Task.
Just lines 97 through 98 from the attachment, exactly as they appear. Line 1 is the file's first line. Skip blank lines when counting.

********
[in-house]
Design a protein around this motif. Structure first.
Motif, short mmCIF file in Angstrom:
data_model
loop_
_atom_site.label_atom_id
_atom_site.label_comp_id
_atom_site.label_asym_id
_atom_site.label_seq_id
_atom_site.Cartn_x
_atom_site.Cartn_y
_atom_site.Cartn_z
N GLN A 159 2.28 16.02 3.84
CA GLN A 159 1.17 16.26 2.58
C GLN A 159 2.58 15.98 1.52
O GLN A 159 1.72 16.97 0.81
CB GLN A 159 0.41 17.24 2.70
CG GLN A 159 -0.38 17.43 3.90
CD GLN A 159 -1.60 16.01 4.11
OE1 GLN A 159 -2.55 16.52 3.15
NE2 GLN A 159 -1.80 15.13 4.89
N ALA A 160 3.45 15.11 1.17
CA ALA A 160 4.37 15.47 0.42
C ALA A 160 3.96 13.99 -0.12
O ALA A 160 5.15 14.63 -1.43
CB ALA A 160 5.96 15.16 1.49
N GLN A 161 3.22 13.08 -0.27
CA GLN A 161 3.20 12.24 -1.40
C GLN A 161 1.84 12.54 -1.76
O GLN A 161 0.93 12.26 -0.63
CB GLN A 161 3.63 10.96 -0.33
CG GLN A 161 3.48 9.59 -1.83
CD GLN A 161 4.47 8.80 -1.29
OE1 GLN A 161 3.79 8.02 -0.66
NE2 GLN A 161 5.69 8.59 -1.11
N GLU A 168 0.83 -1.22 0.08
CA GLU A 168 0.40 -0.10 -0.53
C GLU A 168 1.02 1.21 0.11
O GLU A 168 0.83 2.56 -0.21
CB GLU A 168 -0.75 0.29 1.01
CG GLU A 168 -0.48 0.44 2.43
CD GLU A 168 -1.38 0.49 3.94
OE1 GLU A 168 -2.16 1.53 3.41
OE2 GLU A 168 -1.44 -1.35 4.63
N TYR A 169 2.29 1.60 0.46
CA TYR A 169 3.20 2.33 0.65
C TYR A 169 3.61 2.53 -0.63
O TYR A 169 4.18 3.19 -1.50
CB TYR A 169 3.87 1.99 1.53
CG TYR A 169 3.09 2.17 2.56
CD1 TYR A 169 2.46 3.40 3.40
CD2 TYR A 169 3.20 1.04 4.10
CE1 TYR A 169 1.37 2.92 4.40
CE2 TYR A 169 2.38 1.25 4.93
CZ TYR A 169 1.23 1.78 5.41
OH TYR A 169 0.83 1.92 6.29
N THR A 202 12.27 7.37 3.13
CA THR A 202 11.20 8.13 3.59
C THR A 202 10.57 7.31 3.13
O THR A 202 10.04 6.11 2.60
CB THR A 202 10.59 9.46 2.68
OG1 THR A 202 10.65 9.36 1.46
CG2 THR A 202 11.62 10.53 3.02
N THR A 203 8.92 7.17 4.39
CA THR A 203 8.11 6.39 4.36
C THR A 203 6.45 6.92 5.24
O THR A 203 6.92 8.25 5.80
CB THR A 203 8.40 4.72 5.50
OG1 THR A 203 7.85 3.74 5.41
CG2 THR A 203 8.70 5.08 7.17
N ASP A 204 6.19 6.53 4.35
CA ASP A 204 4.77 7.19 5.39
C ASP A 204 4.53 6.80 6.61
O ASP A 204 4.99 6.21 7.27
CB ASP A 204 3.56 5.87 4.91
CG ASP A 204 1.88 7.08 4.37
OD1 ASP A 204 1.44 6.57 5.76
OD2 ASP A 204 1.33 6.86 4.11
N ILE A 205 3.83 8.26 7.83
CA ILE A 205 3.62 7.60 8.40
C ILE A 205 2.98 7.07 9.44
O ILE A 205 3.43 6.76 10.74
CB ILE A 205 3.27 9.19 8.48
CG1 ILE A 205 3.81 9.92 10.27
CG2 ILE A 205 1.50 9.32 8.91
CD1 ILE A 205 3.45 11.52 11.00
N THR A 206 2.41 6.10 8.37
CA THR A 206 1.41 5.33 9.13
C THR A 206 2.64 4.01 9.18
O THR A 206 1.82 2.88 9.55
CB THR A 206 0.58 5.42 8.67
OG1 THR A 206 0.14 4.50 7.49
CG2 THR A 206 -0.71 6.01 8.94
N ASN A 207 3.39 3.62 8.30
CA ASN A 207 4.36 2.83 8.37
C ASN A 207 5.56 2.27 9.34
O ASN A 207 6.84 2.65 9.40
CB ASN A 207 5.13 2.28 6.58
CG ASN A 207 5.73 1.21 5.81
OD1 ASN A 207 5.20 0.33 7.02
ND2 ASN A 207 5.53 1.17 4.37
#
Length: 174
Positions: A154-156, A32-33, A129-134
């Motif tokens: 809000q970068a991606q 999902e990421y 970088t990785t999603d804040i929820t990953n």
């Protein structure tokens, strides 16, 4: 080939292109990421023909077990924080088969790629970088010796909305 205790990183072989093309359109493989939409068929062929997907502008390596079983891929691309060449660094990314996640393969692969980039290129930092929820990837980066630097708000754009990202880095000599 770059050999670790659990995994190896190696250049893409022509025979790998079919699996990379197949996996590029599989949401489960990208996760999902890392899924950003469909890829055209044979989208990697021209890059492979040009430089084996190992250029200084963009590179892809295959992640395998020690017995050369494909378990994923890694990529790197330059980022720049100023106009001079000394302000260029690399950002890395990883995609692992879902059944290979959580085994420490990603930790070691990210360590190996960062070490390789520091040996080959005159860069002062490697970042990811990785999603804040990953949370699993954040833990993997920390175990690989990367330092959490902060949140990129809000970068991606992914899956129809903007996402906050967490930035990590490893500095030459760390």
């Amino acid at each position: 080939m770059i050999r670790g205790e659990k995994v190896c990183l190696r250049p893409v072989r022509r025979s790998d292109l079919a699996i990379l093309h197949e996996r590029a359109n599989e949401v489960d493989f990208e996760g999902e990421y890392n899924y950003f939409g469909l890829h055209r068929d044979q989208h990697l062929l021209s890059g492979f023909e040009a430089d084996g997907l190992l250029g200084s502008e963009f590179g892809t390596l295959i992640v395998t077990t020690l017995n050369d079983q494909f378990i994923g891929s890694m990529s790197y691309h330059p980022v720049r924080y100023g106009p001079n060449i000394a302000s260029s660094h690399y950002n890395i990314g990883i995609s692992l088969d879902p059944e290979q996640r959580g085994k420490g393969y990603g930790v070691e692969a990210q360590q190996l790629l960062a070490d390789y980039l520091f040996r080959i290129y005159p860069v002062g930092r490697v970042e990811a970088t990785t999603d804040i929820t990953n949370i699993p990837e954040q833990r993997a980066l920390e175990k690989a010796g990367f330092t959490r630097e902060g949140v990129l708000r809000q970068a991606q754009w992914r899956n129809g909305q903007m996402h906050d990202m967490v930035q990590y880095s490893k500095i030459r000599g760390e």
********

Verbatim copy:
O ASN A 207 6.84 2.65 9.40
CB ASN A 207 5.13 2.28 6.58